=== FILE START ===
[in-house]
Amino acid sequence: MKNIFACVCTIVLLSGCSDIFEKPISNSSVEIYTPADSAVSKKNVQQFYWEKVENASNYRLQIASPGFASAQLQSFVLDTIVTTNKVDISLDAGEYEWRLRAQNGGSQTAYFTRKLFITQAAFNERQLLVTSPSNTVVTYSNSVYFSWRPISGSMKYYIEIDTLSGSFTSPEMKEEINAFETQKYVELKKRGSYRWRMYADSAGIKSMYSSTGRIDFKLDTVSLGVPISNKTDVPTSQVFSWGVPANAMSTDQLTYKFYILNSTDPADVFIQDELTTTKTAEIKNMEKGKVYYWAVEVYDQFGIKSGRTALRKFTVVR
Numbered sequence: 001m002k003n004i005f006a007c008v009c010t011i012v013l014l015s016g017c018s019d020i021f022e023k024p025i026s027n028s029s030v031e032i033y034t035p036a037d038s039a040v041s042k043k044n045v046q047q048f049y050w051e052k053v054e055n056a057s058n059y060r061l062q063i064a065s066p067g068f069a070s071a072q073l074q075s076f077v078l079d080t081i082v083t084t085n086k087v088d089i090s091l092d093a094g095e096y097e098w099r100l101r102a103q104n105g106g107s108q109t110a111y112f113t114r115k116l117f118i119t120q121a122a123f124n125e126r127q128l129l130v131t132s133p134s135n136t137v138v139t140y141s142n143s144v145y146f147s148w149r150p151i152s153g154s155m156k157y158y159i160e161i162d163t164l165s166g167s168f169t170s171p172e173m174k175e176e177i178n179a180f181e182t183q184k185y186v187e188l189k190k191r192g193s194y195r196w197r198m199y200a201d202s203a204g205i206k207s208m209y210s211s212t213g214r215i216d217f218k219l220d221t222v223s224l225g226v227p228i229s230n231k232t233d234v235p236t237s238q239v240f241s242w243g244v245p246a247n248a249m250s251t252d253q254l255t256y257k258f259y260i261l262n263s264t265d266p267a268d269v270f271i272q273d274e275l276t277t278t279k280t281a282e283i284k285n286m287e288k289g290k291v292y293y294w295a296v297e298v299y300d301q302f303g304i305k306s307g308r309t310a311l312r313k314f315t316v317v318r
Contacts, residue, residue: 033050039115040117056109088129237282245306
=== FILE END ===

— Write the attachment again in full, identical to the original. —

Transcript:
[in-house]
Amino acid sequence: MKNIFACVCTIVLLSGCSDIFEKPISNSSVEIYTPADSAVSKKNVQQFYWEKVENASNYRLQIASPGFASAQLQSFVLDTIVTTNKVDISLDAGEYEWRLRAQNGGSQTAYFTRKLFITQAAFNERQLLVTSPSNTVVTYSNSVYFSWRPISGSMKYYIEIDTLSGSFTSPEMKEEINAFETQKYVELKKRGSYRWRMYADSAGIKSMYSSTGRIDFKLDTVSLGVPISNKTDVPTSQVFSWGVPANAMSTDQLTYKFYILNSTDPADVFIQDELTTTKTAEIKNMEKGKVYYWAVEVYDQFGIKSGRTALRKFTVVR
Numbered sequence: 001m002k003n004i005f006a007c008v009c010t011i012v013l014l015s016g017c018s019d020i021f022e023k024p025i026s027n028s029s030v031e032i033y034t035p036a037d038s039a040v041s042k043k044n045v046q047q048f049y050w051e052k053v054e055n056a057s058n059y060r061l062q063i064a065s066p067g068f069a070s071a072q073l074q075s076f077v078l079d080t081i082v083t084t085n086k087v088d089i090s091l092d093a094g095e096y097e098w099r100l101r102a103q104n105g106g107s108q109t110a111y112f113t114r115k116l117f118i119t120q121a122a123f124n125e126r127q128l129l130v131t132s133p134s135n136t137v138v139t140y141s142n143s144v145y146f147s148w149r150p151i152s153g154s155m156k157y158y159i160e161i162d163t164l165s166g167s168f169t170s171p172e173m174k175e176e177i178n179a180f181e182t183q184k185y186v187e188l189k190k191r192g193s194y195r196w197r198m199y200a201d202s203a204g205i206k207s208m209y210s211s212t213g214r215i216d217f218k219l220d221t222v223s224l225g226v227p228i229s230n231k232t233d234v235p236t237s238q239v240f241s242w243g244v245p246a247n248a249m250s251t252d253q254l255t256y257k258f259y260i261l262n263s264t265d266p267a268d269v270f271i272q273d274e275l276t277t278t279k280t281a282e283i284k285n286m287e288k289g290k291v292y293y294w295a296v297e298v299y300d301q302f303g304i305k306s307g308r309t310a311l312r313k314f315t316v317v318r
Contacts, residue, residue: 033050039115040117056109088129237282245306